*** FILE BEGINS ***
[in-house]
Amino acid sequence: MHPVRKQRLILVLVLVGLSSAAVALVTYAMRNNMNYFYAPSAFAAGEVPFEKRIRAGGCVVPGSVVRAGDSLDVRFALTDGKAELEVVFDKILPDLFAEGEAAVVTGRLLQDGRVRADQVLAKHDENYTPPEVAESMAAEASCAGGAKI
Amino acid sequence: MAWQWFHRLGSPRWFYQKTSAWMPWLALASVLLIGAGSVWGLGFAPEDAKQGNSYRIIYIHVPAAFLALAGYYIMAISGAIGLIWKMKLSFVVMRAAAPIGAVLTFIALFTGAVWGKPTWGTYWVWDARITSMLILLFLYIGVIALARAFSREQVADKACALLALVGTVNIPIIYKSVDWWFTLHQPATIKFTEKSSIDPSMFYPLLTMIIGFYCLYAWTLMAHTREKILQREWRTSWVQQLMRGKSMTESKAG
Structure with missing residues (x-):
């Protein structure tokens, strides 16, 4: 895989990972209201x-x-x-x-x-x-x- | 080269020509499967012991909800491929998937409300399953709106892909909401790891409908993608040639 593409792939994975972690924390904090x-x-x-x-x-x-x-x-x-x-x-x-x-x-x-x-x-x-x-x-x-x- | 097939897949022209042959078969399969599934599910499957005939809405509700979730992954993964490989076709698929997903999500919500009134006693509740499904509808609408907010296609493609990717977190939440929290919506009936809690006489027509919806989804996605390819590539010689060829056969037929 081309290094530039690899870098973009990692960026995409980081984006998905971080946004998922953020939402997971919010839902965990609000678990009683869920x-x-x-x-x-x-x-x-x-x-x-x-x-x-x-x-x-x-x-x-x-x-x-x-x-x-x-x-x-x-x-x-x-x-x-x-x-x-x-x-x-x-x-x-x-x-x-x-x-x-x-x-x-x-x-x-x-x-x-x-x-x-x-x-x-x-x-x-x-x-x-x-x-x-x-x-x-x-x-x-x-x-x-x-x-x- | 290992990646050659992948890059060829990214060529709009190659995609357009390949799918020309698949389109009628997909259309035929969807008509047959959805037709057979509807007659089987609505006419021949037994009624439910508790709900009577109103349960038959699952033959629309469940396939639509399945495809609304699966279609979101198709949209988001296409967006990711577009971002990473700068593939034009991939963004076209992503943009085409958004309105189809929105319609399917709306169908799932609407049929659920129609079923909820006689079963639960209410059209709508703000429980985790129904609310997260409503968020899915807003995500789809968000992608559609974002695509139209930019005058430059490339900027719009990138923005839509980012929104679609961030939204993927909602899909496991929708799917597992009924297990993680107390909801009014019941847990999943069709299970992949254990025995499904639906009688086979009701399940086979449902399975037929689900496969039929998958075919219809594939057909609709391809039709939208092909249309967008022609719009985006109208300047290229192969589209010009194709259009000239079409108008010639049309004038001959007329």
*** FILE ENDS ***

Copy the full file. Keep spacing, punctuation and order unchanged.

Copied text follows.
[in-house]
Amino acid sequence: MHPVRKQRLILVLVLVGLSSAAVALVTYAMRNNMNYFYAPSAFAAGEVPFEKRIRAGGCVVPGSVVRAGDSLDVRFALTDGKAELEVVFDKILPDLFAEGEAAVVTGRLLQDGRVRADQVLAKHDENYTPPEVAESMAAEASCAGGAKI
Amino acid sequence: MAWQWFHRLGSPRWFYQKTSAWMPWLALASVLLIGAGSVWGLGFAPEDAKQGNSYRIIYIHVPAAFLALAGYYIMAISGAIGLIWKMKLSFVVMRAAAPIGAVLTFIALFTGAVWGKPTWGTYWVWDARITSMLILLFLYIGVIALARAFSREQVADKACALLALVGTVNIPIIYKSVDWWFTLHQPATIKFTEKSSIDPSMFYPLLTMIIGFYCLYAWTLMAHTREKILQREWRTSWVQQLMRGKSMTESKAG
Structure with missing residues (x-):
């Protein structure tokens, strides 16, 4: 895989990972209201x-x-x-x-x-x-x- | 080269020509499967012991909800491929998937409300399953709106892909909401790891409908993608040639 593409792939994975972690924390904090x-x-x-x-x-x-x-x-x-x-x-x-x-x-x-x-x-x-x-x-x-x- | 097939897949022209042959078969399969599934599910499957005939809405509700979730992954993964490989076709698929997903999500919500009134006693509740499904509808609408907010296609493609990717977190939440929290919506009936809690006489027509919806989804996605390819590539010689060829056969037929 081309290094530039690899870098973009990692960026995409980081984006998905971080946004998922953020939402997971919010839902965990609000678990009683869920x-x-x-x-x-x-x-x-x-x-x-x-x-x-x-x-x-x-x-x-x-x-x-x-x-x-x-x-x-x-x-x-x-x-x-x-x-x-x-x-x-x-x-x-x-x-x-x-x-x-x-x-x-x-x-x-x-x-x-x-x-x-x-x-x-x-x-x-x-x-x-x-x-x-x-x-x-x-x-x-x-x-x-x-x-x- | 290992990646050659992948890059060829990214060529709009190659995609357009390949799918020309698949389109009628997909259309035929969807008509047959959805037709057979509807007659089987609505006419021949037994009624439910508790709900009577109103349960038959699952033959629309469940396939639509399945495809609304699966279609979101198709949209988001296409967006990711577009971002990473700068593939034009991939963004076209992503943009085409958004309105189809929105319609399917709306169908799932609407049929659920129609079923909820006689079963639960209410059209709508703000429980985790129904609310997260409503968020899915807003995500789809968000992608559609974002695509139209930019005058430059490339900027719009990138923005839509980012929104679609961030939204993927909602899909496991929708799917597992009924297990993680107390909801009014019941847990999943069709299970992949254990025995499904639906009688086979009701399940086979449902399975037929689900496969039929998958075919219809594939057909609709391809039709939208092909249309967008022609719009985006109208300047290229192969589209010009194709259009000239079409108008010639049309004038001959007329």